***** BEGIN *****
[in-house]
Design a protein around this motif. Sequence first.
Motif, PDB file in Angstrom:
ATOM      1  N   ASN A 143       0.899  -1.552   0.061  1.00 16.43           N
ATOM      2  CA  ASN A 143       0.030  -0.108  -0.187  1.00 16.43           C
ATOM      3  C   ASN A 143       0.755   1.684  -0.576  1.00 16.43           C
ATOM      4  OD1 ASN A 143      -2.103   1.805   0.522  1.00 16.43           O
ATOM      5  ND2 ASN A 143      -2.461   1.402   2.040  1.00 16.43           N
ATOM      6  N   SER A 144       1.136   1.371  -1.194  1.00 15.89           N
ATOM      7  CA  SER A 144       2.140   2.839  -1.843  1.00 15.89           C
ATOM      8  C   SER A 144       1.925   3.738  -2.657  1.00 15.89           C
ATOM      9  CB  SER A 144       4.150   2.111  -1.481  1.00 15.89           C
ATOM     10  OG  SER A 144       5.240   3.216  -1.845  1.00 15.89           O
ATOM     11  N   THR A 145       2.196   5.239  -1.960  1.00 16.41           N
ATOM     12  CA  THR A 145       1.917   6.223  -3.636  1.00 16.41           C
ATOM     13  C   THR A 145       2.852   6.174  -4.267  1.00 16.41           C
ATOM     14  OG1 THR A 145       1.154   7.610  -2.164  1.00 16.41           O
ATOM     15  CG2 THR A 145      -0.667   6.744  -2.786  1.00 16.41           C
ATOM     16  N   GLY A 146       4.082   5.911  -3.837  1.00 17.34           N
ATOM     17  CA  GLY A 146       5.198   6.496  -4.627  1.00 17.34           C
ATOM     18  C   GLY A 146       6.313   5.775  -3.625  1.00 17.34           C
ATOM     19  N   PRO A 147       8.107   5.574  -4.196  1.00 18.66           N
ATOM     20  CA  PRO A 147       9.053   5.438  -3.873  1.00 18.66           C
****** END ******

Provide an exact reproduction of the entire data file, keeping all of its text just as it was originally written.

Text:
[in-house]
Design a protein around this motif. Sequence first.
Motif, PDB file in Angstrom:
ATOM      1  N   ASN A 143       0.899  -1.552   0.061  1.00 16.43           N
ATOM      2  CA  ASN A 143       0.030  -0.108  -0.187  1.00 16.43           C
ATOM      3  C   ASN A 143       0.755   1.684  -0.576  1.00 16.43           C
ATOM      4  OD1 ASN A 143      -2.103   1.805   0.522  1.00 16.43           O
ATOM      5  ND2 ASN A 143      -2.461   1.402   2.040  1.00 16.43           N
ATOM      6  N   SER A 144       1.136   1.371  -1.194  1.00 15.89           N
ATOM      7  CA  SER A 144       2.140   2.839  -1.843  1.00 15.89           C
ATOM      8  C   SER A 144       1.925   3.738  -2.657  1.00 15.89           C
ATOM      9  CB  SER A 144       4.150   2.111  -1.481  1.00 15.89           C
ATOM     10  OG  SER A 144       5.240   3.216  -1.845  1.00 15.89           O
ATOM     11  N   THR A 145       2.196   5.239  -1.960  1.00 16.41           N
ATOM     12  CA  THR A 145       1.917   6.223  -3.636  1.00 16.41           C
ATOM     13  C   THR A 145       2.852   6.174  -4.267  1.00 16.41           C
ATOM     14  OG1 THR A 145       1.154   7.610  -2.164  1.00 16.41           O
ATOM     15  CG2 THR A 145      -0.667   6.744  -2.786  1.00 16.41           C
ATOM     16  N   GLY A 146       4.082   5.911  -3.837  1.00 17.34           N
ATOM     17  CA  GLY A 146       5.198   6.496  -4.627  1.00 17.34           C
ATOM     18  C   GLY A 146       6.313   5.775  -3.625  1.00 17.34           C
ATOM     19  N   PRO A 147       8.107   5.574  -4.196  1.00 18.66           N
ATOM     20  CA  PRO A 147       9.053   5.438  -3.873  1.00 18.66           C